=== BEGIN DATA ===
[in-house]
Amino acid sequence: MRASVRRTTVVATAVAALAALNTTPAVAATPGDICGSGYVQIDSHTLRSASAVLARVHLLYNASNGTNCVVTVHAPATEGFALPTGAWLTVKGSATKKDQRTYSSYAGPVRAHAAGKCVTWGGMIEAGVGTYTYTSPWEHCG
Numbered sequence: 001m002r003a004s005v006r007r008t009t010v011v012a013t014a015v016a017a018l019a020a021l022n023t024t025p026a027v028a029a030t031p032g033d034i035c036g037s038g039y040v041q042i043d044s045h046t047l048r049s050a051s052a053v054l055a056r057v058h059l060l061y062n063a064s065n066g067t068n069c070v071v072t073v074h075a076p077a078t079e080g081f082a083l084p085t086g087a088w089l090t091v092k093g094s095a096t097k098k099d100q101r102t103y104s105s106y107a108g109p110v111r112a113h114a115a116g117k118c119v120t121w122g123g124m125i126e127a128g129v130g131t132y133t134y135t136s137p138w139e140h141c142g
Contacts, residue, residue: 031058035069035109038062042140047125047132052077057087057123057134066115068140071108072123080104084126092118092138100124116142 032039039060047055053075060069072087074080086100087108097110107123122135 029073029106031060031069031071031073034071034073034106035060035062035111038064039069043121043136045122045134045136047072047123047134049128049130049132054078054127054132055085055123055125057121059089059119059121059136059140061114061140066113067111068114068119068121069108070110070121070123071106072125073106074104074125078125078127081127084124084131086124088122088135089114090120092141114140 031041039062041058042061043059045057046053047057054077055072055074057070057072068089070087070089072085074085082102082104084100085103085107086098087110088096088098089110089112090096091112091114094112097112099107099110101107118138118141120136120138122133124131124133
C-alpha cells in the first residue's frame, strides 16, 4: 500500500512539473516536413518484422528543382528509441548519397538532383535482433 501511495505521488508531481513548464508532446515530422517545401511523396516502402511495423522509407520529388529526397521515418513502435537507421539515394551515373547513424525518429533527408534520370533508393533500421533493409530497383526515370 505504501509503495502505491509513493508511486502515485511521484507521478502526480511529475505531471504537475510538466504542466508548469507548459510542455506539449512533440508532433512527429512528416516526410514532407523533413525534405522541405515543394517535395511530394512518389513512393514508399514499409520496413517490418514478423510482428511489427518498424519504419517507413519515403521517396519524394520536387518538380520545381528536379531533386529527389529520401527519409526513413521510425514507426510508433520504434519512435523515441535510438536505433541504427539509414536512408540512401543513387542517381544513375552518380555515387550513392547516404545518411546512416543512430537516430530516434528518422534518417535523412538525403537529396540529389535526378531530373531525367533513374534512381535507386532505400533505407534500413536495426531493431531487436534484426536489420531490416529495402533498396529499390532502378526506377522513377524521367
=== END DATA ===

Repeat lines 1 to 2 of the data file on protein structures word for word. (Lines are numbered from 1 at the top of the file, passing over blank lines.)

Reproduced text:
[in-house]
Amino acid sequence: MRASVRRTTVVATAVAALAALNTTPAVAATPGDICGSGYVQIDSHTLRSASAVLARVHLLYNASNGTNCVVTVHAPATEGFALPTGAWLTVKGSATKKDQRTYSSYAGPVRAHAAGKCVTWGGMIEAGVGTYTYTSPWEHCG